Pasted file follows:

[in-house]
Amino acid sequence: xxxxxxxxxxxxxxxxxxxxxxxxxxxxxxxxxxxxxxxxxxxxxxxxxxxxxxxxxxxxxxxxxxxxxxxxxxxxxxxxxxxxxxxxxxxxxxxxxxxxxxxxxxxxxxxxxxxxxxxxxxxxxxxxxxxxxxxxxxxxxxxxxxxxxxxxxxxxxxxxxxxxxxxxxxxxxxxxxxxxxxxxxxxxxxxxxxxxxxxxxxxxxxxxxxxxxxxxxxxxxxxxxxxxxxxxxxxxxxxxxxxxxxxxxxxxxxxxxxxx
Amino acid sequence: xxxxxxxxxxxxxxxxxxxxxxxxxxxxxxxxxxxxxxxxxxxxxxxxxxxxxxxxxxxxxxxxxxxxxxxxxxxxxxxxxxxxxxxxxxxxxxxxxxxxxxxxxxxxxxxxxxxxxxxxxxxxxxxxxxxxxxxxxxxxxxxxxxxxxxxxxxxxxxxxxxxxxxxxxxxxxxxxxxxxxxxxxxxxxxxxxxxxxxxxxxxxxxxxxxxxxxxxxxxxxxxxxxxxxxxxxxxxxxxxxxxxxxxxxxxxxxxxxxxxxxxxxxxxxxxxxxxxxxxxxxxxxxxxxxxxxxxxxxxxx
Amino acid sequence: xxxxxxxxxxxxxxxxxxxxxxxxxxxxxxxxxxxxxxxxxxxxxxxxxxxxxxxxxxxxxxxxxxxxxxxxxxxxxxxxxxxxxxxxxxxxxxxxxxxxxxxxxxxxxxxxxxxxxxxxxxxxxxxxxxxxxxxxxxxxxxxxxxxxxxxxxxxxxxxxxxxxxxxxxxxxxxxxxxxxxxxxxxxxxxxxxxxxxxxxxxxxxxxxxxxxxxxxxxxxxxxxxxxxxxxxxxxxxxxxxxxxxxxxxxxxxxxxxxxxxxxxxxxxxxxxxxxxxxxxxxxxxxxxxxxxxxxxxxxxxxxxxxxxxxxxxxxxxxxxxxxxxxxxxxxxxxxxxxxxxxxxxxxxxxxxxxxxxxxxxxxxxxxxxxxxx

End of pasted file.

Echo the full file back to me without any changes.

[in-house]
Amino acid sequence: xxxxxxxxxxxxxxxxxxxxxxxxxxxxxxxxxxxxxxxxxxxxxxxxxxxxxxxxxxxxxxxxxxxxxxxxxxxxxxxxxxxxxxxxxxxxxxxxxxxxxxxxxxxxxxxxxxxxxxxxxxxxxxxxxxxxxxxxxxxxxxxxxxxxxxxxxxxxxxxxxxxxxxxxxxxxxxxxxxxxxxxxxxxxxxxxxxxxxxxxxxxxxxxxxxxxxxxxxxxxxxxxxxxxxxxxxxxxxxxxxxxxxxxxxxxxxxxxxxxx
Amino acid sequence: xxxxxxxxxxxxxxxxxxxxxxxxxxxxxxxxxxxxxxxxxxxxxxxxxxxxxxxxxxxxxxxxxxxxxxxxxxxxxxxxxxxxxxxxxxxxxxxxxxxxxxxxxxxxxxxxxxxxxxxxxxxxxxxxxxxxxxxxxxxxxxxxxxxxxxxxxxxxxxxxxxxxxxxxxxxxxxxxxxxxxxxxxxxxxxxxxxxxxxxxxxxxxxxxxxxxxxxxxxxxxxxxxxxxxxxxxxxxxxxxxxxxxxxxxxxxxxxxxxxxxxxxxxxxxxxxxxxxxxxxxxxxxxxxxxxxxxxxxxxxx
Amino acid sequence: xxxxxxxxxxxxxxxxxxxxxxxxxxxxxxxxxxxxxxxxxxxxxxxxxxxxxxxxxxxxxxxxxxxxxxxxxxxxxxxxxxxxxxxxxxxxxxxxxxxxxxxxxxxxxxxxxxxxxxxxxxxxxxxxxxxxxxxxxxxxxxxxxxxxxxxxxxxxxxxxxxxxxxxxxxxxxxxxxxxxxxxxxxxxxxxxxxxxxxxxxxxxxxxxxxxxxxxxxxxxxxxxxxxxxxxxxxxxxxxxxxxxxxxxxxxxxxxxxxxxxxxxxxxxxxxxxxxxxxxxxxxxxxxxxxxxxxxxxxxxxxxxxxxxxxxxxxxxxxxxxxxxxxxxxxxxxxxxxxxxxxxxxxxxxxxxxxxxxxxxxxxxxxxxxxxxx